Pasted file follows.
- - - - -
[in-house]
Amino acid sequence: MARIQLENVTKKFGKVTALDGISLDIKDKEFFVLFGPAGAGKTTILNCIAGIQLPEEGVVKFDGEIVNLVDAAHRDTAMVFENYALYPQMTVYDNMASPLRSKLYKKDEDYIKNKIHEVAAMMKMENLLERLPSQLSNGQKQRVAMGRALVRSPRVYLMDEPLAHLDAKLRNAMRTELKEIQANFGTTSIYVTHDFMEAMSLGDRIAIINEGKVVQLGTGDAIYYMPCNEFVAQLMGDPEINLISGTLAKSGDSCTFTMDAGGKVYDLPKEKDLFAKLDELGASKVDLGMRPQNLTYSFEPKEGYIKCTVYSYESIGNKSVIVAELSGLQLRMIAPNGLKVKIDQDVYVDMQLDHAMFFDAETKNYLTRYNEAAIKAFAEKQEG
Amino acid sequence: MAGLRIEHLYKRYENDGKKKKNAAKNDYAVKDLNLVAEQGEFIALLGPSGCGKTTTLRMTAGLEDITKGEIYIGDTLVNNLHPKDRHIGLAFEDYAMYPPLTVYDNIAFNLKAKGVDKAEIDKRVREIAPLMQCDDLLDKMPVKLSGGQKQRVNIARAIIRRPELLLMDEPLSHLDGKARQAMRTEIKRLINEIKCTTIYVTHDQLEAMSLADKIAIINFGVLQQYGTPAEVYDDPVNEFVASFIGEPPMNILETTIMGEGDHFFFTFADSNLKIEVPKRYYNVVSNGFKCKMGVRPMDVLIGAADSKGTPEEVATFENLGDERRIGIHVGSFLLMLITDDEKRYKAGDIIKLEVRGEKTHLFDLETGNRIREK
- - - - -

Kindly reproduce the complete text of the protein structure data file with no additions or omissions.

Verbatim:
[in-house]
Amino acid sequence: MARIQLENVTKKFGKVTALDGISLDIKDKEFFVLFGPAGAGKTTILNCIAGIQLPEEGVVKFDGEIVNLVDAAHRDTAMVFENYALYPQMTVYDNMASPLRSKLYKKDEDYIKNKIHEVAAMMKMENLLERLPSQLSNGQKQRVAMGRALVRSPRVYLMDEPLAHLDAKLRNAMRTELKEIQANFGTTSIYVTHDFMEAMSLGDRIAIINEGKVVQLGTGDAIYYMPCNEFVAQLMGDPEINLISGTLAKSGDSCTFTMDAGGKVYDLPKEKDLFAKLDELGASKVDLGMRPQNLTYSFEPKEGYIKCTVYSYESIGNKSVIVAELSGLQLRMIAPNGLKVKIDQDVYVDMQLDHAMFFDAETKNYLTRYNEAAIKAFAEKQEG
Amino acid sequence: MAGLRIEHLYKRYENDGKKKKNAAKNDYAVKDLNLVAEQGEFIALLGPSGCGKTTTLRMTAGLEDITKGEIYIGDTLVNNLHPKDRHIGLAFEDYAMYPPLTVYDNIAFNLKAKGVDKAEIDKRVREIAPLMQCDDLLDKMPVKLSGGQKQRVNIARAIIRRPELLLMDEPLSHLDGKARQAMRTEIKRLINEIKCTTIYVTHDQLEAMSLADKIAIINFGVLQQYGTPAEVYDDPVNEFVASFIGEPPMNILETTIMGEGDHFFFTFADSNLKIEVPKRYYNVVSNGFKCKMGVRPMDVLIGAADSKGTPEEVATFENLGDERRIGIHVGSFLLMLITDDEKRYKAGDIIKLEVRGEKTHLFDLETGNRIREK